Fairfax police chief taps executive deputy

Brian Reilly (left), formerly of the Prince George’s County (Md.) Police Department, takes the oath of office from Fairfax County Police Chief Kevin Davis to become the department’s executive deputy police chief. (Fairfax County police photo)

Brian Reilly, formerly of the Prince George’s County Police Department, on Aug. 30 became the Fairfax County Police Department’s executive deputy police chief.

In this new role, Reilly is responsible for the coordination of the department’s crime-control strategies, policy and legislative initiatives, and the implementation of a new data- and evidence-based policing strategy that prioritizes community interaction with police officers throughout the county.

Reilly will spearhead implementation of the department’s evidence-based accountability and record-keeping program in conjunction with Noah Fritz, the newly appointed director of data analytics and strategic initiatives.

The CORE (Crime Operations Response and Engagement) program will use real-time data to measure the department’s investments and progress in areas such as crime prevention, use of force and community engagement. CORE also will seek administrative efficiencies on issues such as overtime spending, staffing, recruitment and more.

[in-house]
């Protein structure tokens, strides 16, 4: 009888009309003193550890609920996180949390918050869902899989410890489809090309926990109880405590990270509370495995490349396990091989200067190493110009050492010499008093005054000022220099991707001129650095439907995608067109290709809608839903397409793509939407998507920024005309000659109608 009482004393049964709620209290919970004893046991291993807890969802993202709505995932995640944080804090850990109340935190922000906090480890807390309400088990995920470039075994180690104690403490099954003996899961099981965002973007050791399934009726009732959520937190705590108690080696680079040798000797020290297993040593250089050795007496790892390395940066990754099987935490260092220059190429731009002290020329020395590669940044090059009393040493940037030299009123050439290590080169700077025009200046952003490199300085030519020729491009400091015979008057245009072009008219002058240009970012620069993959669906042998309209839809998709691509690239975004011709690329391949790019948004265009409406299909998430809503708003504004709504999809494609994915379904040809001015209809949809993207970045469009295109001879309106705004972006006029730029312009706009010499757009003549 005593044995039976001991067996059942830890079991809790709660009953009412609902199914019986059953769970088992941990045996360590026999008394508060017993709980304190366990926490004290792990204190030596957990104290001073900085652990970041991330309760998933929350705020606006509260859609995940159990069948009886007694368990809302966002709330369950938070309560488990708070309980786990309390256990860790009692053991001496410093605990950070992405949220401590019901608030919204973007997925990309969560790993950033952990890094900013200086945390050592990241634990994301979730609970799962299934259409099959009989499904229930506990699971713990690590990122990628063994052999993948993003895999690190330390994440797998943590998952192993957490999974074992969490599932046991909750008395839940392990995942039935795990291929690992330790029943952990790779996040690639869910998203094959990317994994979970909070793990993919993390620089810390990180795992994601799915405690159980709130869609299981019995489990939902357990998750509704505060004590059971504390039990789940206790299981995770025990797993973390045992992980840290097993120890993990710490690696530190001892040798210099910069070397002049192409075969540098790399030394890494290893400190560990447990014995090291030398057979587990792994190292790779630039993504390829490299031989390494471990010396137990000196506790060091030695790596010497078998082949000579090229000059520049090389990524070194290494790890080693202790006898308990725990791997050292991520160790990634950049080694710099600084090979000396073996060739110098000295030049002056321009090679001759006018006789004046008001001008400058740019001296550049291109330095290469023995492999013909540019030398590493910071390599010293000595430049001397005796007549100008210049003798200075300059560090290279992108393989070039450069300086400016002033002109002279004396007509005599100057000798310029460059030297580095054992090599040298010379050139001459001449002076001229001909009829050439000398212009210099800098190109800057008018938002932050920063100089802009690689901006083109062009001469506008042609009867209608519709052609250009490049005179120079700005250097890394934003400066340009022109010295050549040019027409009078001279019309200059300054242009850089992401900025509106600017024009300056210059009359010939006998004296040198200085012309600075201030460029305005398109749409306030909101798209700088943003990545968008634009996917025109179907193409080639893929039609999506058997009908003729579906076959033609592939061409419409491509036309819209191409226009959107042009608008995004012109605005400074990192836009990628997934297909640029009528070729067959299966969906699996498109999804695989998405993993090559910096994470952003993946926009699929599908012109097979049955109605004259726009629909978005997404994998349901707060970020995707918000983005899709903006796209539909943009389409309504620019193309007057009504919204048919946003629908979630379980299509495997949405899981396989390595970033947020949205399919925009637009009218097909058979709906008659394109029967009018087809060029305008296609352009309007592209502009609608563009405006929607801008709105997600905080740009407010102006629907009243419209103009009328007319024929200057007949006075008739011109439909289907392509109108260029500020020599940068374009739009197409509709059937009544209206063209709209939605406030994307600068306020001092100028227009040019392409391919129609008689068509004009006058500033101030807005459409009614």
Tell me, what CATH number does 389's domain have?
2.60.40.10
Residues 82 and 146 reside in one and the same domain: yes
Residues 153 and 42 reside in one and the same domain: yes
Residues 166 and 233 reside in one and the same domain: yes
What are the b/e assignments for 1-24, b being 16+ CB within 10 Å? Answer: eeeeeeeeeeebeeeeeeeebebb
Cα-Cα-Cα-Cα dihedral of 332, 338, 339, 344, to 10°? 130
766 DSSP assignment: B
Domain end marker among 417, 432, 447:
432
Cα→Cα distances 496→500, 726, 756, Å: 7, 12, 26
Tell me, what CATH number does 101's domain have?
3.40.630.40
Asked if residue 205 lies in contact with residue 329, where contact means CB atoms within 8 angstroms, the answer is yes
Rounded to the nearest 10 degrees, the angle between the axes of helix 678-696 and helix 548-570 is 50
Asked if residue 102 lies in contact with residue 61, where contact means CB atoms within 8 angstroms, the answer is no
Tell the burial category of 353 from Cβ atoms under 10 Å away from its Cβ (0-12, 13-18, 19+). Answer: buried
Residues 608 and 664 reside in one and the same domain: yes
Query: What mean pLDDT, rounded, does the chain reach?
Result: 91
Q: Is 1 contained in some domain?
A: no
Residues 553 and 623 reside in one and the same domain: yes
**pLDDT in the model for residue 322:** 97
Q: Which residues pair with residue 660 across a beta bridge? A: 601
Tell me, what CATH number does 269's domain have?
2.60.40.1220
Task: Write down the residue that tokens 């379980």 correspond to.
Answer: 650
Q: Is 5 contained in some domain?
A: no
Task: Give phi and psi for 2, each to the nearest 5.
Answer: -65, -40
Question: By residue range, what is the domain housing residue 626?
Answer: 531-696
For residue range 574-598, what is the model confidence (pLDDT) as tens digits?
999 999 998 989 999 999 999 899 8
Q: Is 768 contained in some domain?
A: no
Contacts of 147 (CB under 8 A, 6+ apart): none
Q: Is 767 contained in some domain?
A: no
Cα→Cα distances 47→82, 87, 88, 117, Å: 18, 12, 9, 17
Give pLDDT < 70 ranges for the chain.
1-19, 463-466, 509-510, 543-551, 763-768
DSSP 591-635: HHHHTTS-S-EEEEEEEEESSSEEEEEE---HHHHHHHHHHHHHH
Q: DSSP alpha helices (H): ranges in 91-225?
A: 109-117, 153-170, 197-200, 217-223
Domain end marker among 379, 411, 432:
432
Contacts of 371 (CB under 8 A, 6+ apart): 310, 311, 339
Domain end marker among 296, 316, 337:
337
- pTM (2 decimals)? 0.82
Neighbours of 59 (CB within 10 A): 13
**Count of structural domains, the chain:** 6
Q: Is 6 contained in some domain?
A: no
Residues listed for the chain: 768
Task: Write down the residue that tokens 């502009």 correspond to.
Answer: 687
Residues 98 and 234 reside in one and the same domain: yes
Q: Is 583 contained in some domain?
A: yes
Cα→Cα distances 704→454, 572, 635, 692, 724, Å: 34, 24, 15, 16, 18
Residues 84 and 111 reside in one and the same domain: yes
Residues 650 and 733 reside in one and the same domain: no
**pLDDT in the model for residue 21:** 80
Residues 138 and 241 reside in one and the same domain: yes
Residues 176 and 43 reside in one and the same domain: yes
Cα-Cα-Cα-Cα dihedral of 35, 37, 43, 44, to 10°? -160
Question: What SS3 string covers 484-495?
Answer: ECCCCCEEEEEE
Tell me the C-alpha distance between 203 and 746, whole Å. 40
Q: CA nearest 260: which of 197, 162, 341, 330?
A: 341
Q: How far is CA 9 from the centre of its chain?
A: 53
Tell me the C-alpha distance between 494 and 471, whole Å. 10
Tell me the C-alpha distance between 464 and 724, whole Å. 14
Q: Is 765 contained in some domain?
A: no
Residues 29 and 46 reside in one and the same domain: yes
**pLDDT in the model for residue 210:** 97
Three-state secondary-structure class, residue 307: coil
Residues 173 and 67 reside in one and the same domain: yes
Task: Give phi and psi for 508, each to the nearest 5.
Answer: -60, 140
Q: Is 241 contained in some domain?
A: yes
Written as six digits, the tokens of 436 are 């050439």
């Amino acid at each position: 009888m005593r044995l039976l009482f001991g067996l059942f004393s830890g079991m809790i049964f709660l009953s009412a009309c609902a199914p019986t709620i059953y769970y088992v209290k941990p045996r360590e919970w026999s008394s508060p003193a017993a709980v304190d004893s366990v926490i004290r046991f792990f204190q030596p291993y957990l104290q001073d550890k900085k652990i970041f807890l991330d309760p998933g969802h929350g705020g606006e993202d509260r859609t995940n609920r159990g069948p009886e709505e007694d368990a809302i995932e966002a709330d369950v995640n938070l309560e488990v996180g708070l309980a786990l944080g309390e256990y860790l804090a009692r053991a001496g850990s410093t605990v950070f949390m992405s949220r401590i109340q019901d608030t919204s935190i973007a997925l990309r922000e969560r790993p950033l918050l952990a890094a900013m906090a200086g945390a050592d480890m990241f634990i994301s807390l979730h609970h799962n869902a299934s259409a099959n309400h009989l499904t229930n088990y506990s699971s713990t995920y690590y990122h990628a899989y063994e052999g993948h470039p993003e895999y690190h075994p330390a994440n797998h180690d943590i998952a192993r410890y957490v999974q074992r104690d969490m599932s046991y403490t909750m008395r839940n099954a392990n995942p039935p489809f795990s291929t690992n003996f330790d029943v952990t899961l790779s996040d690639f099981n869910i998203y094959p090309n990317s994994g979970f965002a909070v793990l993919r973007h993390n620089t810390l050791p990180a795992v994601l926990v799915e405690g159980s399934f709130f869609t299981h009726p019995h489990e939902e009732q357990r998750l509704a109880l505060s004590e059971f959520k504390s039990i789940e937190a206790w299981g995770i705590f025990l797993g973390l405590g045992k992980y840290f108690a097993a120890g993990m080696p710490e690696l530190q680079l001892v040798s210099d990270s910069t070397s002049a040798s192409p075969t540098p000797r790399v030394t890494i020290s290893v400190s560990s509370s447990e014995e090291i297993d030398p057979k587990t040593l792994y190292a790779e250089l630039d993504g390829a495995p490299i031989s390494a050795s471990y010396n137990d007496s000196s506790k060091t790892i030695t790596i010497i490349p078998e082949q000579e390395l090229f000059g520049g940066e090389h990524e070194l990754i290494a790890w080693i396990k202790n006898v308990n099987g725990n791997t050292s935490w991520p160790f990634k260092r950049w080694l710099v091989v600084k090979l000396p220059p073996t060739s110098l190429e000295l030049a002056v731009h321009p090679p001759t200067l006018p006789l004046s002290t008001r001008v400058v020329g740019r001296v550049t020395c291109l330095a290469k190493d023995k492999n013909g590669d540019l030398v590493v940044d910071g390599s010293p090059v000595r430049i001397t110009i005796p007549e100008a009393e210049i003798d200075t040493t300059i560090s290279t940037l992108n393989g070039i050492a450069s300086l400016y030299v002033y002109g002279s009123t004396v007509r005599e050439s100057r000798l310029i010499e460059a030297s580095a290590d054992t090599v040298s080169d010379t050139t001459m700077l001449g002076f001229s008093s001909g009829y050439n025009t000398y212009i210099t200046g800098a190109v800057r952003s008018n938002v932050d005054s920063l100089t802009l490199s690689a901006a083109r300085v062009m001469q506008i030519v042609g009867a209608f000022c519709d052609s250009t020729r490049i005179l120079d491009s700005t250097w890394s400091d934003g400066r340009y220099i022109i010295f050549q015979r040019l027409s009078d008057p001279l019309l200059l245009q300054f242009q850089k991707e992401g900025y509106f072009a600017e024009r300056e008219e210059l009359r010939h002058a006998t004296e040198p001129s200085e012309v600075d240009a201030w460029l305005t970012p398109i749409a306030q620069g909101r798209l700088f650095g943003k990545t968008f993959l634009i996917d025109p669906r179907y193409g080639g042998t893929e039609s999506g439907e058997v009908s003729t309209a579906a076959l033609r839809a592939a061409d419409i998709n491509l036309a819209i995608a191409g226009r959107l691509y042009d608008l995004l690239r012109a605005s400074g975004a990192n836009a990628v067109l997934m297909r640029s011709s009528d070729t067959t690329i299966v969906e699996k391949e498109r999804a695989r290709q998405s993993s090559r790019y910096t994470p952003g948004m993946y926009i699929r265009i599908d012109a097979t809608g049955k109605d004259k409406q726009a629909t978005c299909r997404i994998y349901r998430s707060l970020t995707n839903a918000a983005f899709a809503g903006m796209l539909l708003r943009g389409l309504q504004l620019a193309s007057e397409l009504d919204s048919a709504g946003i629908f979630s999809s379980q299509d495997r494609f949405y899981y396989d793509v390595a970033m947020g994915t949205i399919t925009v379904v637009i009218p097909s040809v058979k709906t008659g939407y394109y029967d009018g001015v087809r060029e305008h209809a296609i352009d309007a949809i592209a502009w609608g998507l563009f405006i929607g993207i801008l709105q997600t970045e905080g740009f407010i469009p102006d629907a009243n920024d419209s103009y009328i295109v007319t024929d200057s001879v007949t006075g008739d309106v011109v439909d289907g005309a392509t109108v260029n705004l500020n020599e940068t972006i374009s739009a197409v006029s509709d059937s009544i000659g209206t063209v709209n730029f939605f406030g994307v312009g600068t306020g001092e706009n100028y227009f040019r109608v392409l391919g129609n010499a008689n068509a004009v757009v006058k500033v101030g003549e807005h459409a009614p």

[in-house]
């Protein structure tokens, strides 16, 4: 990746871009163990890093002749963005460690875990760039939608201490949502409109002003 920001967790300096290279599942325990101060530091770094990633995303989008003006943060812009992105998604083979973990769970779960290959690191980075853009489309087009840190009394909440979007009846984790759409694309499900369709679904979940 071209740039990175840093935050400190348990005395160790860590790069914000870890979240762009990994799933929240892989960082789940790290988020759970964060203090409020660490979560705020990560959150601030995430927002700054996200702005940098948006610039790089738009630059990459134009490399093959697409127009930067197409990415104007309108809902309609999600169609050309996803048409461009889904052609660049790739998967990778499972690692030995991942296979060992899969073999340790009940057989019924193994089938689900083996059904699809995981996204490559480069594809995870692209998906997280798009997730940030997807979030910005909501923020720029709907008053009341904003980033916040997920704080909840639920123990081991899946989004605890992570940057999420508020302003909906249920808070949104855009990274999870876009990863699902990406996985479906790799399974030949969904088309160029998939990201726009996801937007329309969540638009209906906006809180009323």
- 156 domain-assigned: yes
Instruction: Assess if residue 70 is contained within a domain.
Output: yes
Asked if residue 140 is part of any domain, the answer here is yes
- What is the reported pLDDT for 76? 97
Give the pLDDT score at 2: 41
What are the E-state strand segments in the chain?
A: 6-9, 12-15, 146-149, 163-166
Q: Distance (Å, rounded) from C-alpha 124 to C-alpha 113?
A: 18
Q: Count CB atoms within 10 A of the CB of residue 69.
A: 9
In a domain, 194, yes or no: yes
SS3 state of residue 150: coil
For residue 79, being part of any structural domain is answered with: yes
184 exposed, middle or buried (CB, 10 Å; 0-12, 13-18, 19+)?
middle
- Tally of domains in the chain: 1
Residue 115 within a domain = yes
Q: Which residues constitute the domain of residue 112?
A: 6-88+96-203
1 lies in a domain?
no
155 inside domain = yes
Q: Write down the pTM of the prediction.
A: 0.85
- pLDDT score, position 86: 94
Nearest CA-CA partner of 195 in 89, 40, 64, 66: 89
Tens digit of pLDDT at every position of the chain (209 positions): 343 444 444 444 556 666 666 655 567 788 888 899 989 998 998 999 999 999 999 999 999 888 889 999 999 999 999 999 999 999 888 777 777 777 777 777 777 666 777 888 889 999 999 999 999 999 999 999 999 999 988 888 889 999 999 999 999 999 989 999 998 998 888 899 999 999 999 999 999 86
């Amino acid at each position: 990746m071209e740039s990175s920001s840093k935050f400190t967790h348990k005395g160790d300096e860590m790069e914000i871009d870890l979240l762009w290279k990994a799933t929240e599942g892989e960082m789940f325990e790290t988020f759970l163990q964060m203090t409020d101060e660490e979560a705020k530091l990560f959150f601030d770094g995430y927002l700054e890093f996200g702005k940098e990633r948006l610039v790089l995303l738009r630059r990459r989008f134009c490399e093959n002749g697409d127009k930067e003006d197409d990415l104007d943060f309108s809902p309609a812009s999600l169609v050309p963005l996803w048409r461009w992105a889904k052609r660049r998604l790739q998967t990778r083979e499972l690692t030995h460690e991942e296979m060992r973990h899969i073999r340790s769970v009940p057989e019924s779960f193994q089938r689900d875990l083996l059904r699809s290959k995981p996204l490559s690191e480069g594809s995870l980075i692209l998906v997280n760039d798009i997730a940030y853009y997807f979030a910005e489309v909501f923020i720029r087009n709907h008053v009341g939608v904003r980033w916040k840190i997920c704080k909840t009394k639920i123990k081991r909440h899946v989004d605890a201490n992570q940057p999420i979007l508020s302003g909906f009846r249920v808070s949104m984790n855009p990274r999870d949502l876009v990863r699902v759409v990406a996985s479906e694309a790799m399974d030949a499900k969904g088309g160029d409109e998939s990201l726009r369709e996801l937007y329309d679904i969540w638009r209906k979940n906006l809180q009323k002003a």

After 25 years with the Prince George’s County Police Department, Reilly concluded his career in Maryland at the rank of major. For the last three years, he oversaw that department’s Criminal Investigation Division, which includes units that handle cases involving homicide, commercial robbery, sexual assault, domestic violence, and child and vulnerable-adult abuse.

Prior to his leadership of that division, Reilly spent two years as the commander of the Oxon Hill District, where in his final year violent crime fell 24.8 percent and property crime fell 11.5 percent.

“Some people are just given the gift to care for their fellow man with their heart, and [Reilly] is one of them,” said Sharon Sims, who served on the Community Advisory Board in Oxon Hill throughout Reilly’s tenure there. “If I ever need anything and it is within his realm to help, he does so without hesitation.”

Reilly has a bachelor’s degree from the University of Maryland and attended the Police Executive Research Forum’s Senior Management Institute for Police in 2017. He is married and has three children.

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